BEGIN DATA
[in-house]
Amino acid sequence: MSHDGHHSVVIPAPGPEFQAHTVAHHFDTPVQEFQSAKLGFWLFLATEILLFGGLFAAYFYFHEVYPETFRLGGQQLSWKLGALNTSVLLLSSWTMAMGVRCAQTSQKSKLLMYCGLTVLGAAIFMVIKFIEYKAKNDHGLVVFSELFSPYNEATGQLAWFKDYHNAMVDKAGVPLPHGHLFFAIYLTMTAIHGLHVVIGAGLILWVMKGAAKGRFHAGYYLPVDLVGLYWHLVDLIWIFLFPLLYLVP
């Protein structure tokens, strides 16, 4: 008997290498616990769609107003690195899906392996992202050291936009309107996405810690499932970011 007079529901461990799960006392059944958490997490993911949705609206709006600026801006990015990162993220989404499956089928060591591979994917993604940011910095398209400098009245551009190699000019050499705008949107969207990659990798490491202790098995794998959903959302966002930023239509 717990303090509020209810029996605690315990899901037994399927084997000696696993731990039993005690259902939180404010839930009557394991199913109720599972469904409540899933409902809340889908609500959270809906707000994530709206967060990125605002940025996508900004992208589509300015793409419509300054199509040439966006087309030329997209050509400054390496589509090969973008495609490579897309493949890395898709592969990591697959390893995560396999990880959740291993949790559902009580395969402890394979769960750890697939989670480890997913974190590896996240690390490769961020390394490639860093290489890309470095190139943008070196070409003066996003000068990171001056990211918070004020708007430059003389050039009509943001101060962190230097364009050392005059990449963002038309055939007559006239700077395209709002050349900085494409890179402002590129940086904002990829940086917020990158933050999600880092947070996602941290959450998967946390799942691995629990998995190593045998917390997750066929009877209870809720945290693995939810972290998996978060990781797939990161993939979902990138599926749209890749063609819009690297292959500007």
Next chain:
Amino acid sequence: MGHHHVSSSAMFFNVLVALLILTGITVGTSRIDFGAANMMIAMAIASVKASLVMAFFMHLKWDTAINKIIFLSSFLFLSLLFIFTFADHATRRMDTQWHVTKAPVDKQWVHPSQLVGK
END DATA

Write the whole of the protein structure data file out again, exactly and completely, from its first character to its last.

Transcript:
[in-house]
Amino acid sequence: MSHDGHHSVVIPAPGPEFQAHTVAHHFDTPVQEFQSAKLGFWLFLATEILLFGGLFAAYFYFHEVYPETFRLGGQQLSWKLGALNTSVLLLSSWTMAMGVRCAQTSQKSKLLMYCGLTVLGAAIFMVIKFIEYKAKNDHGLVVFSELFSPYNEATGQLAWFKDYHNAMVDKAGVPLPHGHLFFAIYLTMTAIHGLHVVIGAGLILWVMKGAAKGRFHAGYYLPVDLVGLYWHLVDLIWIFLFPLLYLVP
């Protein structure tokens, strides 16, 4: 008997290498616990769609107003690195899906392996992202050291936009309107996405810690499932970011 007079529901461990799960006392059944958490997490993911949705609206709006600026801006990015990162993220989404499956089928060591591979994917993604940011910095398209400098009245551009190699000019050499705008949107969207990659990798490491202790098995794998959903959302966002930023239509 717990303090509020209810029996605690315990899901037994399927084997000696696993731990039993005690259902939180404010839930009557394991199913109720599972469904409540899933409902809340889908609500959270809906707000994530709206967060990125605002940025996508900004992208589509300015793409419509300054199509040439966006087309030329997209050509400054390496589509090969973008495609490579897309493949890395898709592969990591697959390893995560396999990880959740291993949790559902009580395969402890394979769960750890697939989670480890997913974190590896996240690390490769961020390394490639860093290489890309470095190139943008070196070409003066996003000068990171001056990211918070004020708007430059003389050039009509943001101060962190230097364009050392005059990449963002038309055939007559006239700077395209709002050349900085494409890179402002590129940086904002990829940086917020990158933050999600880092947070996602941290959450998967946390799942691995629990998995190593045998917390997750066929009877209870809720945290693995939810972290998996978060990781797939990161993939979902990138599926749209890749063609819009690297292959500007």
Next chain:
Amino acid sequence: MGHHHVSSSAMFFNVLVALLILTGITVGTSRIDFGAANMMIAMAIASVKASLVMAFFMHLKWDTAINKIIFLSSFLFLSLLFIFTFADHATRRMDTQWHVTKAPVDKQWVHPSQLVGK